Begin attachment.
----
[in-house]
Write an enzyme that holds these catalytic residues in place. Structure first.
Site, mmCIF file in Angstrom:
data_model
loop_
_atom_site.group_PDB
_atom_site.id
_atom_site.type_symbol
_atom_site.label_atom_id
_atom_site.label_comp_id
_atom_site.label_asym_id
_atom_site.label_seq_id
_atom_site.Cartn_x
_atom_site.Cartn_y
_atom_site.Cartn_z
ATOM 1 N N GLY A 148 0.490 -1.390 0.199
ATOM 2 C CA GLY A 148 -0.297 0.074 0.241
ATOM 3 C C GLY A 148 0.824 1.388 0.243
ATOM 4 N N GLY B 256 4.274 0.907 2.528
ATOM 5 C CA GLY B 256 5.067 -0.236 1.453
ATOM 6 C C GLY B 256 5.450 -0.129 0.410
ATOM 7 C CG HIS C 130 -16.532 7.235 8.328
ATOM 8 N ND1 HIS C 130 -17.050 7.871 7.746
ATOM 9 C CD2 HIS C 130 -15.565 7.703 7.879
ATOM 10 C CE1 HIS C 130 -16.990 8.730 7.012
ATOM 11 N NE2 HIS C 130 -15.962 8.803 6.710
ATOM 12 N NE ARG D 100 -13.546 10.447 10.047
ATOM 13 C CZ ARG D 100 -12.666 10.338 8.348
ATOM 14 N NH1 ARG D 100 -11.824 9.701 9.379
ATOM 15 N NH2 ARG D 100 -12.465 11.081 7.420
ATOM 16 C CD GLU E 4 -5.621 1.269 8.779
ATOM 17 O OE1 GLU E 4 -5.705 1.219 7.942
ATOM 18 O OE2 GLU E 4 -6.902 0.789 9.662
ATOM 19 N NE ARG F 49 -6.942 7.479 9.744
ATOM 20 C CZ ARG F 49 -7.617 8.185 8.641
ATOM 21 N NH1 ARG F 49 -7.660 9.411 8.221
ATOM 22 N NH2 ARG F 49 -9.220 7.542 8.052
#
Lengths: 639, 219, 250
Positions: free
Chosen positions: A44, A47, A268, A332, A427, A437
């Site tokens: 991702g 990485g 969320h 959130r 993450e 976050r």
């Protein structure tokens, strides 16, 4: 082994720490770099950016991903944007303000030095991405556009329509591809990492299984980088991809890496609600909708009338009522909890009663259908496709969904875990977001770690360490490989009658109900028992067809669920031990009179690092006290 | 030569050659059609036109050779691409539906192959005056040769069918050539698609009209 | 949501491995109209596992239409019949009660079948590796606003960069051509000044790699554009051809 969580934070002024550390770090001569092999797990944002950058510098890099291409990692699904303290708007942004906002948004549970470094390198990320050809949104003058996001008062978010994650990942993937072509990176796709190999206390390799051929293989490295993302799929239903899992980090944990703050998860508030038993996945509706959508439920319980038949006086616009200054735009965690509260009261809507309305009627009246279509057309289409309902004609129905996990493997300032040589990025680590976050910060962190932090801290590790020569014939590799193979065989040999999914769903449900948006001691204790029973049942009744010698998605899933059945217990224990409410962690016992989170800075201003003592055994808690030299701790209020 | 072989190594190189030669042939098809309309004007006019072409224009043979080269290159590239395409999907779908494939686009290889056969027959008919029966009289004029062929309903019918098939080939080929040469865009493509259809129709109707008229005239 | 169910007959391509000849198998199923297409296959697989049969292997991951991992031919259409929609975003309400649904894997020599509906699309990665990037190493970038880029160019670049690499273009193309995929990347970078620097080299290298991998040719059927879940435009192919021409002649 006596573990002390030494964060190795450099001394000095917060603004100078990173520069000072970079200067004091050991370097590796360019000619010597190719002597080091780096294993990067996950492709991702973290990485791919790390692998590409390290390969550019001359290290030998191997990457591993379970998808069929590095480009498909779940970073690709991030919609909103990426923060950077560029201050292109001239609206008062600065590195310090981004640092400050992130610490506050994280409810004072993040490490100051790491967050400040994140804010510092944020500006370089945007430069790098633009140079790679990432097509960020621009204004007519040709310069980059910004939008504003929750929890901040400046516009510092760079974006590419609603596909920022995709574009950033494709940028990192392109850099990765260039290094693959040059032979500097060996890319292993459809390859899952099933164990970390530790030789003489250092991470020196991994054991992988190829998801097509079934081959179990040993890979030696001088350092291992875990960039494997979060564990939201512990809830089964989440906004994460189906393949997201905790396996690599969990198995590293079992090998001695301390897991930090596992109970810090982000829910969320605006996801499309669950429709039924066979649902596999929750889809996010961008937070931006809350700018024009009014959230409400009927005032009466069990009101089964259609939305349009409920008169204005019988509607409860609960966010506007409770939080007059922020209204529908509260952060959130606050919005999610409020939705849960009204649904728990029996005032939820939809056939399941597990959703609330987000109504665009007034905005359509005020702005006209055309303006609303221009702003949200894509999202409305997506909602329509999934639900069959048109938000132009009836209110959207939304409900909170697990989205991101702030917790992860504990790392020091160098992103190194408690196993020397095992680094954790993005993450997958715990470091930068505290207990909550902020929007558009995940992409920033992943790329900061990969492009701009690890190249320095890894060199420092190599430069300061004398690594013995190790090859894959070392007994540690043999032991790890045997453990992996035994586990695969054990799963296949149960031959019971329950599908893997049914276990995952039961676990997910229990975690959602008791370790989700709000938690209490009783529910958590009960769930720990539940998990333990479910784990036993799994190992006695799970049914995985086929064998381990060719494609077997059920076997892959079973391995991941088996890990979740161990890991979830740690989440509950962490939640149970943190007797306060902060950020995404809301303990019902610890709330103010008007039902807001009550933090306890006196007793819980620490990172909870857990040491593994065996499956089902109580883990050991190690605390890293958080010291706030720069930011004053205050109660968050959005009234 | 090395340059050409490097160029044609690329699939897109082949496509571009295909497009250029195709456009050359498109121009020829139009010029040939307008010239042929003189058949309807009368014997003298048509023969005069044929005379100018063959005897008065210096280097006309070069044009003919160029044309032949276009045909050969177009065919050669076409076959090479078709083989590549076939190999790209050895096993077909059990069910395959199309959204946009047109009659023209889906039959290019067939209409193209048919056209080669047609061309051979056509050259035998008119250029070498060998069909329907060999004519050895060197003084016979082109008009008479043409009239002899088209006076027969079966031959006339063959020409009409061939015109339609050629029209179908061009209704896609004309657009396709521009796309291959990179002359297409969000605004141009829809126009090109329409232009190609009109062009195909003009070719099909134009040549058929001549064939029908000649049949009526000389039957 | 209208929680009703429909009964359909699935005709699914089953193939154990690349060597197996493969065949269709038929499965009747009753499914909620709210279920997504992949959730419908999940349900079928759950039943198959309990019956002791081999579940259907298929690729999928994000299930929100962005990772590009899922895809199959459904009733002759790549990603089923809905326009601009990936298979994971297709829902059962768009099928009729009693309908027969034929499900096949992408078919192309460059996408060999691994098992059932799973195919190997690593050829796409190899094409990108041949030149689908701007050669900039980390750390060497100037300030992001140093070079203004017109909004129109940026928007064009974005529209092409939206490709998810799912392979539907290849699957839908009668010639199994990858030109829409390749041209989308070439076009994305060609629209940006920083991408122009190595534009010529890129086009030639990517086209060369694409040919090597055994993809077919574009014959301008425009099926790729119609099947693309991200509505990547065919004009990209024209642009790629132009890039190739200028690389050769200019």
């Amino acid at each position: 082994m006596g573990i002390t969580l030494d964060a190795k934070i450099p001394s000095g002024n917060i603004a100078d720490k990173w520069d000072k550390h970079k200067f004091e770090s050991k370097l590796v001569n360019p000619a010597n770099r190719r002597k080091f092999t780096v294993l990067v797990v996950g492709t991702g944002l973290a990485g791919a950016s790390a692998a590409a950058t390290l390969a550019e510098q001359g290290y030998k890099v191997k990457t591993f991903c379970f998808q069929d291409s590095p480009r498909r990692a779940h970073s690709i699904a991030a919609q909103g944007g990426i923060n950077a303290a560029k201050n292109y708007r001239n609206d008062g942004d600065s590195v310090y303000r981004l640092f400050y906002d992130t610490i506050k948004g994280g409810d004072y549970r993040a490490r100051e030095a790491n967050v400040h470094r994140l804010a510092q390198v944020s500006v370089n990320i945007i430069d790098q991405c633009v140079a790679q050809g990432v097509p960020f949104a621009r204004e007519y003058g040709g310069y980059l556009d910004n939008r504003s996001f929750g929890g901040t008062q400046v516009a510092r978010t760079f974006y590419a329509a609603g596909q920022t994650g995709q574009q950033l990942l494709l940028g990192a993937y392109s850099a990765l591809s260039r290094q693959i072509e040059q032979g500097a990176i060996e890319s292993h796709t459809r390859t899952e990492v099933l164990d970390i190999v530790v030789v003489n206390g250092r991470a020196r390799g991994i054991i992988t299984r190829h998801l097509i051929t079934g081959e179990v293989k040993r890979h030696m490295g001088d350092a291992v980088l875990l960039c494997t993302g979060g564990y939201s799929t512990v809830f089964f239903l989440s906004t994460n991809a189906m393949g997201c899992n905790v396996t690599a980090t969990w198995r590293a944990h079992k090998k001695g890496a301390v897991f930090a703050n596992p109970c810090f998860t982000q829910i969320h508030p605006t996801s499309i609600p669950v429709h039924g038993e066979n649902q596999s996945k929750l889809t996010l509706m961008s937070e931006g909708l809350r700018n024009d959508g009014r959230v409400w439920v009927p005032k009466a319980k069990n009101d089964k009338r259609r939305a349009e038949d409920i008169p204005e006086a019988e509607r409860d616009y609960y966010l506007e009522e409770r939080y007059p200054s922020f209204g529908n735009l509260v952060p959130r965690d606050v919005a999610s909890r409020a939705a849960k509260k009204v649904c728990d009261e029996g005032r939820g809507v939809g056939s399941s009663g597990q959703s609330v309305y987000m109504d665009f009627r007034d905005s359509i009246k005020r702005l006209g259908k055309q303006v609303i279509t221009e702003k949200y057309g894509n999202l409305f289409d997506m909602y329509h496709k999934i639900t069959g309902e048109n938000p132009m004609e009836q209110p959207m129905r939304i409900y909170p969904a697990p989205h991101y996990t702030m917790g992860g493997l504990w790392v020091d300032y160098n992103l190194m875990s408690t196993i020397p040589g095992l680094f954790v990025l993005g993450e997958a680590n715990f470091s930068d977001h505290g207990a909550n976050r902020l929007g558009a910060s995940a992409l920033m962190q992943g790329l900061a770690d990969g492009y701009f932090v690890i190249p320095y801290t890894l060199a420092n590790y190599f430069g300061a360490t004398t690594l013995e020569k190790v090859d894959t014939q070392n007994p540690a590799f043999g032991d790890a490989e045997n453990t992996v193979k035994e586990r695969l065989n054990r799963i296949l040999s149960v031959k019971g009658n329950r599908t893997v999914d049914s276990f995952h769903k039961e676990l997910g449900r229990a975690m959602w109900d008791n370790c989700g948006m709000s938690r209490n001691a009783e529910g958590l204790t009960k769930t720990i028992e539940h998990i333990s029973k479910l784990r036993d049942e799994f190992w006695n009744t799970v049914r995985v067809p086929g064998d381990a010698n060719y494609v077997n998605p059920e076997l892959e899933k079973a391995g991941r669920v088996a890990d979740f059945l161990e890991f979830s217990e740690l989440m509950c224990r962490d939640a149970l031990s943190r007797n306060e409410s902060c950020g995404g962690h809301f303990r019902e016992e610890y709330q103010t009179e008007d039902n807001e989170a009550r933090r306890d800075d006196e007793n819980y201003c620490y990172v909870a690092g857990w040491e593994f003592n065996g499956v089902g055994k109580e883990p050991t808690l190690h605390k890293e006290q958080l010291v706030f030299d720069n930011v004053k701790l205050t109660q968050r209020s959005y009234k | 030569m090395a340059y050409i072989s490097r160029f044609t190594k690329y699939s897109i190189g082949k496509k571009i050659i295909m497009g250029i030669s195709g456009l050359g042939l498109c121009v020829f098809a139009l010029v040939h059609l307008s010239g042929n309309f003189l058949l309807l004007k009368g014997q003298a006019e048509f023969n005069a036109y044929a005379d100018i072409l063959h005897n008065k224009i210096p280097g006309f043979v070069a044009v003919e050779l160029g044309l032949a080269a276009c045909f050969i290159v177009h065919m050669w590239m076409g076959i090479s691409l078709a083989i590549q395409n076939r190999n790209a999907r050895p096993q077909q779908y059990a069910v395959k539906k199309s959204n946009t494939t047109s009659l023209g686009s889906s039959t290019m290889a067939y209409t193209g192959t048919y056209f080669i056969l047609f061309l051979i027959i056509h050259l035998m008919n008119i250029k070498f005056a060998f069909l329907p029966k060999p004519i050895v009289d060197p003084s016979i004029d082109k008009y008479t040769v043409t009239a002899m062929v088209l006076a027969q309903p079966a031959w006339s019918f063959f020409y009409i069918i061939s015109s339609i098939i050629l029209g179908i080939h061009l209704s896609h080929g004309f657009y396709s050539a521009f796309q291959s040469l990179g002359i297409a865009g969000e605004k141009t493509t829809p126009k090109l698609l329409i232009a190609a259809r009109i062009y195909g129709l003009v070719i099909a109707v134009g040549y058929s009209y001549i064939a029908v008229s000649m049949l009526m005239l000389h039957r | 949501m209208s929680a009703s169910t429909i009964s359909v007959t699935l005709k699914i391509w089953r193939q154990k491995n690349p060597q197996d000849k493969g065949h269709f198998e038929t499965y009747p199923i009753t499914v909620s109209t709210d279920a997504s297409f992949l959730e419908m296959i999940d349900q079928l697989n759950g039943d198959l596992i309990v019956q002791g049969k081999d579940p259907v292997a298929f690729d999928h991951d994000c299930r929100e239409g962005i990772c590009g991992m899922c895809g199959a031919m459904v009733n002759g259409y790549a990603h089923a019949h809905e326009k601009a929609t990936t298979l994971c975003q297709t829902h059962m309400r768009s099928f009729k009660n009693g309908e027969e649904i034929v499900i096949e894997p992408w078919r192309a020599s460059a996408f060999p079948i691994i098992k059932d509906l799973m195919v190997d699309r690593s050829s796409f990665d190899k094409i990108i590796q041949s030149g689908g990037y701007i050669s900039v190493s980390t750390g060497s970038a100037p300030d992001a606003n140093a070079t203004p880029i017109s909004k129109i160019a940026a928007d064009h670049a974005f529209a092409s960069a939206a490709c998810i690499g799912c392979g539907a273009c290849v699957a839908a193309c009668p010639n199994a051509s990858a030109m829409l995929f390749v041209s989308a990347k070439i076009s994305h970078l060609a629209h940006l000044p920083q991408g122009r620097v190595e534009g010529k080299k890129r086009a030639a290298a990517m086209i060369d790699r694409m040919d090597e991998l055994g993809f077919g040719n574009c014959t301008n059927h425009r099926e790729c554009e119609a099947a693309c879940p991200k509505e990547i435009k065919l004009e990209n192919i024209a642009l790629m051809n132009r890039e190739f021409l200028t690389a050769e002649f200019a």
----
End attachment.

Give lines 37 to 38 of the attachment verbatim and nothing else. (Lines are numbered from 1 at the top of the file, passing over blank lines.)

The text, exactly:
ATOM 22 N NH2 ARG F 49 -9.220 7.542 8.052
#